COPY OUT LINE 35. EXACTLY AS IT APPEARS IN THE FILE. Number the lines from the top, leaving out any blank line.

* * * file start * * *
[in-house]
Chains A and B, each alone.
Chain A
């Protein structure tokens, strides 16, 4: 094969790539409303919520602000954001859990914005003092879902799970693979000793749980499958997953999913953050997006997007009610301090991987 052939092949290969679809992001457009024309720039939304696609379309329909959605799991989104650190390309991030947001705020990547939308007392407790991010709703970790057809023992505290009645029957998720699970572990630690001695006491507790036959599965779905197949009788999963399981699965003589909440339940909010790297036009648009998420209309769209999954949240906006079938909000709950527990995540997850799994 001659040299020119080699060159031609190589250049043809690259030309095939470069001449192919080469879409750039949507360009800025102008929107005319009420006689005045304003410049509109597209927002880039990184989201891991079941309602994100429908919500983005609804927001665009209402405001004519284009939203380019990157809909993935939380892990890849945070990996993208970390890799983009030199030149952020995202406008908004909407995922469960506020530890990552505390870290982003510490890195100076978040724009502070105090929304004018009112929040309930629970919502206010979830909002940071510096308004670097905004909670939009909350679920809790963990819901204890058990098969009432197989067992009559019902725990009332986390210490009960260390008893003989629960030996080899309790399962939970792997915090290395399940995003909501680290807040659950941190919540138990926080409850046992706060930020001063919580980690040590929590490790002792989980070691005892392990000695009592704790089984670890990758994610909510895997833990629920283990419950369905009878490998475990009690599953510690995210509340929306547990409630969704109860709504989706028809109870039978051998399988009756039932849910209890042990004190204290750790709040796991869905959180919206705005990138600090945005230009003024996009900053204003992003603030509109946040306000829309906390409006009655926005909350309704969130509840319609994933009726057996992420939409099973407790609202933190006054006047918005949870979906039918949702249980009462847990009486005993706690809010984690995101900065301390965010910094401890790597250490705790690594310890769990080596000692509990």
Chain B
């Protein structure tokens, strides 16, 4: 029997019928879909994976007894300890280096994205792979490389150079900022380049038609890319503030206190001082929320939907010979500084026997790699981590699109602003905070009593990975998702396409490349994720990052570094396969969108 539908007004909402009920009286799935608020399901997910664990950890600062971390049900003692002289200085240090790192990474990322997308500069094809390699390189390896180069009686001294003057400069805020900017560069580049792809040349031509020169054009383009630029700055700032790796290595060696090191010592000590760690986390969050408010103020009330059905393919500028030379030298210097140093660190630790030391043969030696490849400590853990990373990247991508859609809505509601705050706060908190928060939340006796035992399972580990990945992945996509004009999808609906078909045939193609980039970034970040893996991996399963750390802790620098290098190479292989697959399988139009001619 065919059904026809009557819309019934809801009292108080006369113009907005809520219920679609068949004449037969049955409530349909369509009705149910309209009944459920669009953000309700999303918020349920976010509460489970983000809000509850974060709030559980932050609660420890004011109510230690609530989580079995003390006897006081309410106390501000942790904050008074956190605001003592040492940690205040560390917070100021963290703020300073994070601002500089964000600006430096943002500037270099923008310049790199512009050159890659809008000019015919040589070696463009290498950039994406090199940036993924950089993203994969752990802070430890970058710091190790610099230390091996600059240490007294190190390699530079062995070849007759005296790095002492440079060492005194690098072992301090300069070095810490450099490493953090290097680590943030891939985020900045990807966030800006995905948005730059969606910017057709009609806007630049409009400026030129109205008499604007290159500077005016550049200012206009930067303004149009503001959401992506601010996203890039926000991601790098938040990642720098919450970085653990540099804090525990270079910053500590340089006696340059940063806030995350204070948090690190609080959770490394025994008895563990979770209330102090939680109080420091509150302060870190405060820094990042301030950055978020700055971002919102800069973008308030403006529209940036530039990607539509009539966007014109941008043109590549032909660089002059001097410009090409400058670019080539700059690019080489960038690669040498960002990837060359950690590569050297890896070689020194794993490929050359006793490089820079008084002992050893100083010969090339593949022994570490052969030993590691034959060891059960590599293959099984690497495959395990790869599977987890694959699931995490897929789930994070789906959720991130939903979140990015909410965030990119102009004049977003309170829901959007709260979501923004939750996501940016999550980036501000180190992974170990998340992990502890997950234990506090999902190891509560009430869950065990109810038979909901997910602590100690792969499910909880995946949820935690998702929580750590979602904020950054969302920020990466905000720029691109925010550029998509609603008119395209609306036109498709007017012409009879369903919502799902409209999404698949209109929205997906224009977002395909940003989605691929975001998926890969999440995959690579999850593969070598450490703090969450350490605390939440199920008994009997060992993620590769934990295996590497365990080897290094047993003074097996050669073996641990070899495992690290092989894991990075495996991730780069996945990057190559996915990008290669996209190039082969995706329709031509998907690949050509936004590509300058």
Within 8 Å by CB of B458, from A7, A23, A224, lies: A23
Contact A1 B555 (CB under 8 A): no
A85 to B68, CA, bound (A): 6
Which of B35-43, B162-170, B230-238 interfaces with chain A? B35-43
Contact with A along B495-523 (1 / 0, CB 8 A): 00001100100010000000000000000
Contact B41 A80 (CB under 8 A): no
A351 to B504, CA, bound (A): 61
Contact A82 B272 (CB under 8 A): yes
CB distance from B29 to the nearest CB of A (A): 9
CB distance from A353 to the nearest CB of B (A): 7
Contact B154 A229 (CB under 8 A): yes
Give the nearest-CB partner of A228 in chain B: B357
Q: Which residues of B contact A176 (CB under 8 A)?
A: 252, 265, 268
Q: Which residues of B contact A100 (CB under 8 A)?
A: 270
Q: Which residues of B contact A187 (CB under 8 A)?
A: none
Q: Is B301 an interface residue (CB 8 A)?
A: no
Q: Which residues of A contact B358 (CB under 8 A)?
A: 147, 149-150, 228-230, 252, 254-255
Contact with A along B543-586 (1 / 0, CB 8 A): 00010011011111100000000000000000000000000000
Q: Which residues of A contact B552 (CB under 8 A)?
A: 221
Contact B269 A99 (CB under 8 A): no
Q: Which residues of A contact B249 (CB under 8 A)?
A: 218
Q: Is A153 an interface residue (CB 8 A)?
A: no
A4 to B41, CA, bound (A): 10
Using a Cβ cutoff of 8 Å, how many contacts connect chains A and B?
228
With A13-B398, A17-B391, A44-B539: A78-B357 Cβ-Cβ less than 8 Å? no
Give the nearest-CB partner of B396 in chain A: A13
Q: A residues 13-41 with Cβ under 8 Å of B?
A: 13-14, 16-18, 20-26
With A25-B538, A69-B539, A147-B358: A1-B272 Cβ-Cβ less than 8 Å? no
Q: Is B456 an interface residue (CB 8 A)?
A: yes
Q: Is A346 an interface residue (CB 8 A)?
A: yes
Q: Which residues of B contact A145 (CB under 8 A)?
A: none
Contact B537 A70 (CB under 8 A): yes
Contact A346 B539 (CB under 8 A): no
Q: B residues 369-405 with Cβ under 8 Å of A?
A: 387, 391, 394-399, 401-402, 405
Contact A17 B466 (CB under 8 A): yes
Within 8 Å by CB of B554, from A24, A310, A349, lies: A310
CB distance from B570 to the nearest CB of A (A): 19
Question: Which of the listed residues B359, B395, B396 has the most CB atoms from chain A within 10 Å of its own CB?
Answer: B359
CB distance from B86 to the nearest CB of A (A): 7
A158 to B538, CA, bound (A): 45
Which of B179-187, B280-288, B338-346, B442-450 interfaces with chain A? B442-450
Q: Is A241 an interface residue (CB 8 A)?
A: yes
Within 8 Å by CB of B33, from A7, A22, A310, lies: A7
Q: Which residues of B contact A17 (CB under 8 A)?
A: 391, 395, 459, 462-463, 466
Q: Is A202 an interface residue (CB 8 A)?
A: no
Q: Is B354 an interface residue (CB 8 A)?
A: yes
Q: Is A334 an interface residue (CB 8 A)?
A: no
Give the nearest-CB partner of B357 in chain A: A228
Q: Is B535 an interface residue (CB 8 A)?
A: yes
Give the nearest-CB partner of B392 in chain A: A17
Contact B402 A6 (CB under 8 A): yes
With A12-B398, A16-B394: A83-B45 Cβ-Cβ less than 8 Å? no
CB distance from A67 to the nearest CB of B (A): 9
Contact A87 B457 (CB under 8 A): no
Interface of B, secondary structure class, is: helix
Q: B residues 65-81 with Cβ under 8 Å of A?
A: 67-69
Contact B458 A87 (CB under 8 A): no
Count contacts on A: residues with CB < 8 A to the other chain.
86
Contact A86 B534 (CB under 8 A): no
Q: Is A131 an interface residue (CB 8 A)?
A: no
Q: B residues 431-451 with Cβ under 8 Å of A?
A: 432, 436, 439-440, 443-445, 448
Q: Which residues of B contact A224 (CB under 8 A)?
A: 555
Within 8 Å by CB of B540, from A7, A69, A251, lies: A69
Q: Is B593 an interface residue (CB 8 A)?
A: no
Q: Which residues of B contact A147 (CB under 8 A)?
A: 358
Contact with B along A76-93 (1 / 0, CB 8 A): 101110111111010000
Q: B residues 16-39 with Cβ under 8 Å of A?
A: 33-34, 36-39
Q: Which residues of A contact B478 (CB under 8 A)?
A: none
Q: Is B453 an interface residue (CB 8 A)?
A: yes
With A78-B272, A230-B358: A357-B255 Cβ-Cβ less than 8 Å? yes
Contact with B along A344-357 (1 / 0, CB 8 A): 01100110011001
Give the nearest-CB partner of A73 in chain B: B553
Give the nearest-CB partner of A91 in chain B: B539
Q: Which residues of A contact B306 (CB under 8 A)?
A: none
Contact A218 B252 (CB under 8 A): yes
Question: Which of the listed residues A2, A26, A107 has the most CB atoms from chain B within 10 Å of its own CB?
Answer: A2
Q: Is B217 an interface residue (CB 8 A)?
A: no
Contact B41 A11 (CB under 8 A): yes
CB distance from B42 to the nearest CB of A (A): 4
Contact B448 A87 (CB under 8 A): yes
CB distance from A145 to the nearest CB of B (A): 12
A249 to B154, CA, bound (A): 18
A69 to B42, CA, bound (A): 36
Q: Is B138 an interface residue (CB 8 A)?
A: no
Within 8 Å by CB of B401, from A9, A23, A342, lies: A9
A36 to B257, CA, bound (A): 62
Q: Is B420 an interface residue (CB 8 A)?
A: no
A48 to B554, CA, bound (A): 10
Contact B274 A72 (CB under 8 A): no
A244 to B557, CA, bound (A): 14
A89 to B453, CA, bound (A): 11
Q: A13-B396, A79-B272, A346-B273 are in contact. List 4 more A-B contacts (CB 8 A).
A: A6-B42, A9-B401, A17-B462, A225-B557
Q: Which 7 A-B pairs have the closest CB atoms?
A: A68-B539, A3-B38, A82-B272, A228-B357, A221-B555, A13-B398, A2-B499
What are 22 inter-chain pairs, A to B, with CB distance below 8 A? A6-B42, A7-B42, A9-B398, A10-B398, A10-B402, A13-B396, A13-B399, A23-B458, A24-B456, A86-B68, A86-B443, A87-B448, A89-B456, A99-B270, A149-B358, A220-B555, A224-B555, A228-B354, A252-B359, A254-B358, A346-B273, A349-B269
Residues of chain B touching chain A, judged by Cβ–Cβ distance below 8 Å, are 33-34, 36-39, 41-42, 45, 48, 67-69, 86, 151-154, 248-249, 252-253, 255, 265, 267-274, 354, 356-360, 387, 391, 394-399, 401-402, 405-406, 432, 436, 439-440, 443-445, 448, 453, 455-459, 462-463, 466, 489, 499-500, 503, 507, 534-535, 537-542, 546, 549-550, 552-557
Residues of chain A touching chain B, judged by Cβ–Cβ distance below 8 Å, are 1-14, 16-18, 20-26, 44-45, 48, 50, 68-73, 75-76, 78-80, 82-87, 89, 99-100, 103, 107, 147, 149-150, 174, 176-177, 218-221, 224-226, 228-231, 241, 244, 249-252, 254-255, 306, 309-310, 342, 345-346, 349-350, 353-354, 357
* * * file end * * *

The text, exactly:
Q: Is A153 an interface residue (CB 8 A)?